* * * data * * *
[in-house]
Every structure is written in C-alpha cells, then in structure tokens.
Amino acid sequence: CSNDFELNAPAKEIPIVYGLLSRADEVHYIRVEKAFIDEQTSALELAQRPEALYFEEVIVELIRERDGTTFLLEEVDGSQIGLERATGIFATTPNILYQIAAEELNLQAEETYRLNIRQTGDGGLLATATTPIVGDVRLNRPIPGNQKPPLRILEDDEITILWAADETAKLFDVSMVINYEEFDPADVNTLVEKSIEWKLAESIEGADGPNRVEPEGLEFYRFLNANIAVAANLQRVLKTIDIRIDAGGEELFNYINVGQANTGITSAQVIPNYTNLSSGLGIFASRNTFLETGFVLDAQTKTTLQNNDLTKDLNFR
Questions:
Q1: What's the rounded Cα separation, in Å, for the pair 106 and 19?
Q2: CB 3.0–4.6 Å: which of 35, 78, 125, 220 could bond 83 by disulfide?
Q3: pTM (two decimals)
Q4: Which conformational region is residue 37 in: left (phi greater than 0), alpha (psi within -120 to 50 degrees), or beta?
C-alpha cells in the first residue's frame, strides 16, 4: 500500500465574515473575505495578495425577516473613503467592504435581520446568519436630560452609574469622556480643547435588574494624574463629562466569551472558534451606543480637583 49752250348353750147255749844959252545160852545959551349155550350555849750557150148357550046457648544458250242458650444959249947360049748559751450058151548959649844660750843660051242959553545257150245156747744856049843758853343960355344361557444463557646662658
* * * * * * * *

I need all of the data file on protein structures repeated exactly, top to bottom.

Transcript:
[in-house]
Every structure is written in C-alpha cells, then in structure tokens.
Amino acid sequence: CSNDFELNAPAKEIPIVYGLLSRADEVHYIRVEKAFIDEQTSALELAQRPEALYFEEVIVELIRERDGTTFLLEEVDGSQIGLERATGIFATTPNILYQIAAEELNLQAEETYRLNIRQTGDGGLLATATTPIVGDVRLNRPIPGNQKPPLRILEDDEITILWAADETAKLFDVSMVINYEEFDPADVNTLVEKSIEWKLAESIEGADGPNRVEPEGLEFYRFLNANIAVAANLQRVLKTIDIRIDAGGEELFNYINVGQANTGITSAQVIPNYTNLSSGLGIFASRNTFLETGFVLDAQTKTTLQNNDLTKDLNFR
Questions:
Q1: What's the rounded Cα separation, in Å, for the pair 106 and 19?
Q2: CB 3.0–4.6 Å: which of 35, 78, 125, 220 could bond 83 by disulfide?
Q3: pTM (two decimals)
Q4: Which conformational region is residue 37 in: left (phi greater than 0), alpha (psi within -120 to 50 degrees), or beta?
C-alpha cells in the first residue's frame, strides 16, 4: 500500500465574515473575505495578495425577516473613503467592504435581520446568519436630560452609574469622556480643547435588574494624574463629562466569551472558534451606543480637583 49752250348353750147255749844959252545160852545959551349155550350555849750557150148357550046457648544458250242458650444959249947360049748559751450058151548959649844660750843660051242959553545257150245156747744856049843758853343960355344361557444463557646662658